I had another chance to celebrate Emancipation Day in Jamaica and what a day it was. I woke up feeling groggy, and disinterested in rushing my day. I wanted to cancel the previous early morning plans in exchange for my favorite pastime- making breakfast and then eating it on the balcony. But it wasn’t going to happen this morning. Instead, I decided to go against my feelings and just get on with the day.
The sweet Caribbean breeze grazed my skin the moment I stepped out the door, and I thought, maybe this isn’t going to be a bad day. I walked in serenity to the taxi stand; and ignoring my impatience, I waited inside the cold taxi for the driver to fill it with passengers. When the taxi driver stretched his hand across me to open the door, letting in yet another passenger, and requesting that I sit in the middle next to him, I did not say a thing. I decided, ‘nothing will bother me’.
As I was getting out of the taxi at the JUTC bus terminal, a phone call informed me that the bus was ready to leave and I must hurry. Luckily, I was just in time, to embark on an amazing historical experience.
With a cheerful set of passengers next to me, the bus went on to do its tour of Kingston. The tour guide called out familiar places such as Devon house, and gave a quick history behind the street name ‘Lady Musgrave’ prior to our first stop at the Bob Marley Museum. Although it was my second visit to the Museum, I was not disappointed. The happy tour guide, Susan, entertained us with her singing and history lessons about Bob’s life. Highlighting his numerous awards, the clothes he wore to play soccer, and his favorite hang out spots- where he would have come up with songs like “who the cap fits”. Using songs to desist conflict with his complaining neighbour and general daily life experiences seemed to be the way he made many of his popular hits. The final part of the museum tour led us to the ‘shot room’ so called, as this was where Bob was shot, but as the newspaper article highlighted, “the show must go on”.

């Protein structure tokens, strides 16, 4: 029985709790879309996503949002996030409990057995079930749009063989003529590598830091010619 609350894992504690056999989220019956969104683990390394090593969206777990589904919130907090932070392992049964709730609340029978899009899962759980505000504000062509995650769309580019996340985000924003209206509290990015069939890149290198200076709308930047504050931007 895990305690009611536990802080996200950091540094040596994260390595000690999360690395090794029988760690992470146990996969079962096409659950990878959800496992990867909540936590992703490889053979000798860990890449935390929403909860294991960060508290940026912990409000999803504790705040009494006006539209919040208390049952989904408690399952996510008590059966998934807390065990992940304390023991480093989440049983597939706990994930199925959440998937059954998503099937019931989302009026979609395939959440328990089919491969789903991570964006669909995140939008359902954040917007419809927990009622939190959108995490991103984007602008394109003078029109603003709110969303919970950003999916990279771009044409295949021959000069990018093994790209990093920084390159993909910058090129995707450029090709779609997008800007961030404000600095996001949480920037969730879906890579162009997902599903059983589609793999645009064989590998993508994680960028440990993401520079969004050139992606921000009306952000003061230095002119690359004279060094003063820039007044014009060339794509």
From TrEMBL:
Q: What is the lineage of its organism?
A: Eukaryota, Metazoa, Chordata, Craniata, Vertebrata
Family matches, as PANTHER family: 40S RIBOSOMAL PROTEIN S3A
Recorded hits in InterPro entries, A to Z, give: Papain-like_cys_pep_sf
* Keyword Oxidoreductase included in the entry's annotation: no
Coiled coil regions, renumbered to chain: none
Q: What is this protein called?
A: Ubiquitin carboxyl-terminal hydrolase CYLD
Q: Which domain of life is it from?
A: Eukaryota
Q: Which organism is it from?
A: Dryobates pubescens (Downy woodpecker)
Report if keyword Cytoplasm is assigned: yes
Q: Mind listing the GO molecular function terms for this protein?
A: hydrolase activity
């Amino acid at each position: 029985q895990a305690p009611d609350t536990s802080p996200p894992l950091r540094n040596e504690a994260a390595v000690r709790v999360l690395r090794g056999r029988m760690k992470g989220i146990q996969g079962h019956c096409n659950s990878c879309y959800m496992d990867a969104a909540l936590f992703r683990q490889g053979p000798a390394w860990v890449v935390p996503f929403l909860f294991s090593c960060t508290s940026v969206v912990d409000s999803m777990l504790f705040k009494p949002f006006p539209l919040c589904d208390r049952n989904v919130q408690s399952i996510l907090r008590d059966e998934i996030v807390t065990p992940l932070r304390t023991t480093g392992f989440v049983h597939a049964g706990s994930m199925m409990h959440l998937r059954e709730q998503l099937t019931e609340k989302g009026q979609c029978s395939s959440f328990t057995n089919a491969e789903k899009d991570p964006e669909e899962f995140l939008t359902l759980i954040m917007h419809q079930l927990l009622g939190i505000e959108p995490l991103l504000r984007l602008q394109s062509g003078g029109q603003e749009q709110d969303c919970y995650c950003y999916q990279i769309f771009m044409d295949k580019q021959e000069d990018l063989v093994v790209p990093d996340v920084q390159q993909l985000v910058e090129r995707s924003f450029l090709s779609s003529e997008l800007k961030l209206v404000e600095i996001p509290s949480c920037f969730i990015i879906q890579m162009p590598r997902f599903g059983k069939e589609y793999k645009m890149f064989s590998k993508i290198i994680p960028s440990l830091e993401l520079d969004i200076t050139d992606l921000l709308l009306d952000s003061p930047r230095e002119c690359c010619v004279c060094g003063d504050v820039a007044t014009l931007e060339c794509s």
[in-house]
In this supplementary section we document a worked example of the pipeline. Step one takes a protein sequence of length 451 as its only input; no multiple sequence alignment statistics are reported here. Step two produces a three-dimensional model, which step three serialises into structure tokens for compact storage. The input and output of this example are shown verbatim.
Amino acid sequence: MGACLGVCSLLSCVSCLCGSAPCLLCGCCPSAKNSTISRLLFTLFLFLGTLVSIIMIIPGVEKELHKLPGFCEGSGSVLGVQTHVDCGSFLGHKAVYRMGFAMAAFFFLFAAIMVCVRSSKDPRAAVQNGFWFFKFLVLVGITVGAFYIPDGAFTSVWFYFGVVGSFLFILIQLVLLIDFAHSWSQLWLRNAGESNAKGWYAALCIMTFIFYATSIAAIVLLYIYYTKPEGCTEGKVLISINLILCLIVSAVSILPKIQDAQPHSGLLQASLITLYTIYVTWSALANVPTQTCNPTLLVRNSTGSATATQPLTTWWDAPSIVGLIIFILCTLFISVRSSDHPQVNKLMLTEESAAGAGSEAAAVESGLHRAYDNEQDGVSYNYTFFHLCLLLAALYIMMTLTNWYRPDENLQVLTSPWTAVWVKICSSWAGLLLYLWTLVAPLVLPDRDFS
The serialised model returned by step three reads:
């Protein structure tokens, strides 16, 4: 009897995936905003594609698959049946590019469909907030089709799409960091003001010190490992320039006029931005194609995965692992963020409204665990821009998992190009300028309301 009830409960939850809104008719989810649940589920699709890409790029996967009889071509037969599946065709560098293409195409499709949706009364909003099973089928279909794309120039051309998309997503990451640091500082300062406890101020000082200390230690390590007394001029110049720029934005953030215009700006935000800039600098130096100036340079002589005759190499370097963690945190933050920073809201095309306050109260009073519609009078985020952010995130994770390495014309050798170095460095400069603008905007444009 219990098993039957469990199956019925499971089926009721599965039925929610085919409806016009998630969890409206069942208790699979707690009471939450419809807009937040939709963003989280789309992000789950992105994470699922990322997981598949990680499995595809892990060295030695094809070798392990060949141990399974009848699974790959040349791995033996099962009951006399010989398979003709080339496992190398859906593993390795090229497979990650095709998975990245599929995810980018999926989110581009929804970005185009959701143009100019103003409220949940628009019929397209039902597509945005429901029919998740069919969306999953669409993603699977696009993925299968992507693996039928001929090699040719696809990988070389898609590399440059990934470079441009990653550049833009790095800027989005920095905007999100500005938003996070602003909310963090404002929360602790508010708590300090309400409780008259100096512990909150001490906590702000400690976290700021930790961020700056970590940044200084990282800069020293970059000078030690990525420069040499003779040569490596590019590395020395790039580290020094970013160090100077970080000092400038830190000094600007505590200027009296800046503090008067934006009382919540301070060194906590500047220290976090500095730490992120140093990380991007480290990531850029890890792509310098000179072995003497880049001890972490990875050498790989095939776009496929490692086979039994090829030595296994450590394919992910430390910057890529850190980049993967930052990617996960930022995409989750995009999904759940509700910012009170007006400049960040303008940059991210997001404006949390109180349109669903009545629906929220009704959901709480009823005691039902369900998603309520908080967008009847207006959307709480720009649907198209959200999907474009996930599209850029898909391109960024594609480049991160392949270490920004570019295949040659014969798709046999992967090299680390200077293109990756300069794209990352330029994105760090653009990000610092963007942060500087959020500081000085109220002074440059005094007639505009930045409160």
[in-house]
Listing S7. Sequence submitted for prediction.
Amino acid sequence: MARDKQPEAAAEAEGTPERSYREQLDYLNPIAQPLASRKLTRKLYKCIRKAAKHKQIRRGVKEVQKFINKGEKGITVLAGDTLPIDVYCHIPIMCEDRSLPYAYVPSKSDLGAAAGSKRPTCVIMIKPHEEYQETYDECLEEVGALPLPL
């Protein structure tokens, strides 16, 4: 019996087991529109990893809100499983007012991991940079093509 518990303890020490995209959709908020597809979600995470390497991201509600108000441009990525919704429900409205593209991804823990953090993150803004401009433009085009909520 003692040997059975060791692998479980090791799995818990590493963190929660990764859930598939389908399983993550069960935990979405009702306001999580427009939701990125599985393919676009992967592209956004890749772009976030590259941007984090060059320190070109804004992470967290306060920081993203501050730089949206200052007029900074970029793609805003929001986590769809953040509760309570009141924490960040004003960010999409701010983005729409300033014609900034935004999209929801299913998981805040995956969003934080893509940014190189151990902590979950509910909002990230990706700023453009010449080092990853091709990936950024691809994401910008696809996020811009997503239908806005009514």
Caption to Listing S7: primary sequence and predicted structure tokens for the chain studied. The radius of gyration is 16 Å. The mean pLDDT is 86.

The tour moved on to show off Bob’s statue at Independence Park, and then to the Government Yard in Trench Town where I learnt about places like Rema and Jungle. Stepping into Bob’s old room and seeing how his life would have been as a young person, showed me how tough Jamaicans are. It gave me a sense of connection and feeling of the Jamaican spirit, and knowing that all of this blood is also running through my veins. I am glad that this trip was done amongst fellow Jamaicans- although they may not have thought of it, there is a deep connection we all have as a people, no matter our values and class. Like Bob, every Jamaican has this raging power to do great things- to change the world.
The tour didn’t stop there, we went on to Tuff Gong, the studio where music is produced- and I learnt from the very interesting tour guide about the meaning of the name Tuff Gong; signifying that Bob is tough and like the clanging Japanese bell, he always command attention from his audience no matter where in the world he went to perform.
Related: Me And Bob’s Family
Emancipation Day has new meaning for me now, and I will forever correlate it with Bob Marley and his songs. His songs were to uplift Jamaicans out of the struggle and into a reality of hope, as well as a brighter and more united future. I hope that we will come to see ourselves as ‘Princes and Princesses’ and ‘Kings and Queens’. For me, I’m just glad I did not spend the day in solitude, because learning about my history sure puts everything into perspective. I am Jamaican.